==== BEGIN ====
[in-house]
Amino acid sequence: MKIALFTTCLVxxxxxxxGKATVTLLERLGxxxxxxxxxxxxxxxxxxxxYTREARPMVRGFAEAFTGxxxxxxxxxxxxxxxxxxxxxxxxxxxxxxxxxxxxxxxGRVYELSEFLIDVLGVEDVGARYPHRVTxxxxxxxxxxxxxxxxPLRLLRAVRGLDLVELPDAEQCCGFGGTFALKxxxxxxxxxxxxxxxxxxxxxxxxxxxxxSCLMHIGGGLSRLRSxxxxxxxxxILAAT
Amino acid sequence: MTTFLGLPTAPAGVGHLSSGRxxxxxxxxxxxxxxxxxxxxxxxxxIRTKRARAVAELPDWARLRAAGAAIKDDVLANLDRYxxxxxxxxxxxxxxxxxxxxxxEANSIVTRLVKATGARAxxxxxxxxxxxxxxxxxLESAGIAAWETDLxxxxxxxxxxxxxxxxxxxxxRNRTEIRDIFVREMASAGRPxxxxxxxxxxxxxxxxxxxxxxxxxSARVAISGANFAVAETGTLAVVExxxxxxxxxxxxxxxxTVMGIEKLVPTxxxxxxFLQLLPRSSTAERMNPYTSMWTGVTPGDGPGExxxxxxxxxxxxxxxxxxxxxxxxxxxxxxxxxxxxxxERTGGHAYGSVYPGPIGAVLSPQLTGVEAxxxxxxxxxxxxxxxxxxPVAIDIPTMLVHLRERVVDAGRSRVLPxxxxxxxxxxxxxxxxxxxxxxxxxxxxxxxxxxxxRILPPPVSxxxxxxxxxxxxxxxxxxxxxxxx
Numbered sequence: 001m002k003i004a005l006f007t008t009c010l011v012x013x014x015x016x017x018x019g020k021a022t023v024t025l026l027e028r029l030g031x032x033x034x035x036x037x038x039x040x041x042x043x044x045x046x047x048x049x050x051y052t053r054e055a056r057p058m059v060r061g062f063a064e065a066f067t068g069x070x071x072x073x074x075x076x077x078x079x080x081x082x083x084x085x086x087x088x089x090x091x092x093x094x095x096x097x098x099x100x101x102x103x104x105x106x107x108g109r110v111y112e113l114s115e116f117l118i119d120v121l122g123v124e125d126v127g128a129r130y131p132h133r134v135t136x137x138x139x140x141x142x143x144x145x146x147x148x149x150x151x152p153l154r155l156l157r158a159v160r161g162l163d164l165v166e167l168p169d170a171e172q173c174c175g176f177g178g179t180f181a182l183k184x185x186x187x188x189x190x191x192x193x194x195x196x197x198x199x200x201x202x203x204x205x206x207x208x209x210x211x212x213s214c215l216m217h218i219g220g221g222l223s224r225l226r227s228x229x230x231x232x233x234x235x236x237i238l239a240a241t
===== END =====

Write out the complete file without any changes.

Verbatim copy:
[in-house]
Amino acid sequence: MKIALFTTCLVxxxxxxxGKATVTLLERLGxxxxxxxxxxxxxxxxxxxxYTREARPMVRGFAEAFTGxxxxxxxxxxxxxxxxxxxxxxxxxxxxxxxxxxxxxxxGRVYELSEFLIDVLGVEDVGARYPHRVTxxxxxxxxxxxxxxxxPLRLLRAVRGLDLVELPDAEQCCGFGGTFALKxxxxxxxxxxxxxxxxxxxxxxxxxxxxxSCLMHIGGGLSRLRSxxxxxxxxxILAAT
Amino acid sequence: MTTFLGLPTAPAGVGHLSSGRxxxxxxxxxxxxxxxxxxxxxxxxxIRTKRARAVAELPDWARLRAAGAAIKDDVLANLDRYxxxxxxxxxxxxxxxxxxxxxxEANSIVTRLVKATGARAxxxxxxxxxxxxxxxxxLESAGIAAWETDLxxxxxxxxxxxxxxxxxxxxxRNRTEIRDIFVREMASAGRPxxxxxxxxxxxxxxxxxxxxxxxxxSARVAISGANFAVAETGTLAVVExxxxxxxxxxxxxxxxTVMGIEKLVPTxxxxxxFLQLLPRSSTAERMNPYTSMWTGVTPGDGPGExxxxxxxxxxxxxxxxxxxxxxxxxxxxxxxxxxxxxxERTGGHAYGSVYPGPIGAVLSPQLTGVEAxxxxxxxxxxxxxxxxxxPVAIDIPTMLVHLRERVVDAGRSRVLPxxxxxxxxxxxxxxxxxxxxxxxxxxxxxxxxxxxxRILPPPVSxxxxxxxxxxxxxxxxxxxxxxxx
Numbered sequence: 001m002k003i004a005l006f007t008t009c010l011v012x013x014x015x016x017x018x019g020k021a022t023v024t025l026l027e028r029l030g031x032x033x034x035x036x037x038x039x040x041x042x043x044x045x046x047x048x049x050x051y052t053r054e055a056r057p058m059v060r061g062f063a064e065a066f067t068g069x070x071x072x073x074x075x076x077x078x079x080x081x082x083x084x085x086x087x088x089x090x091x092x093x094x095x096x097x098x099x100x101x102x103x104x105x106x107x108g109r110v111y112e113l114s115e116f117l118i119d120v121l122g123v124e125d126v127g128a129r130y131p132h133r134v135t136x137x138x139x140x141x142x143x144x145x146x147x148x149x150x151x152p153l154r155l156l157r158a159v160r161g162l163d164l165v166e167l168p169d170a171e172q173c174c175g176f177g178g179t180f181a182l183k184x185x186x187x188x189x190x191x192x193x194x195x196x197x198x199x200x201x202x203x204x205x206x207x208x209x210x211x212x213s214c215l216m217h218i219g220g221g222l223s224r225l226r227s228x229x230x231x232x233x234x235x236x237i238l239a240a241t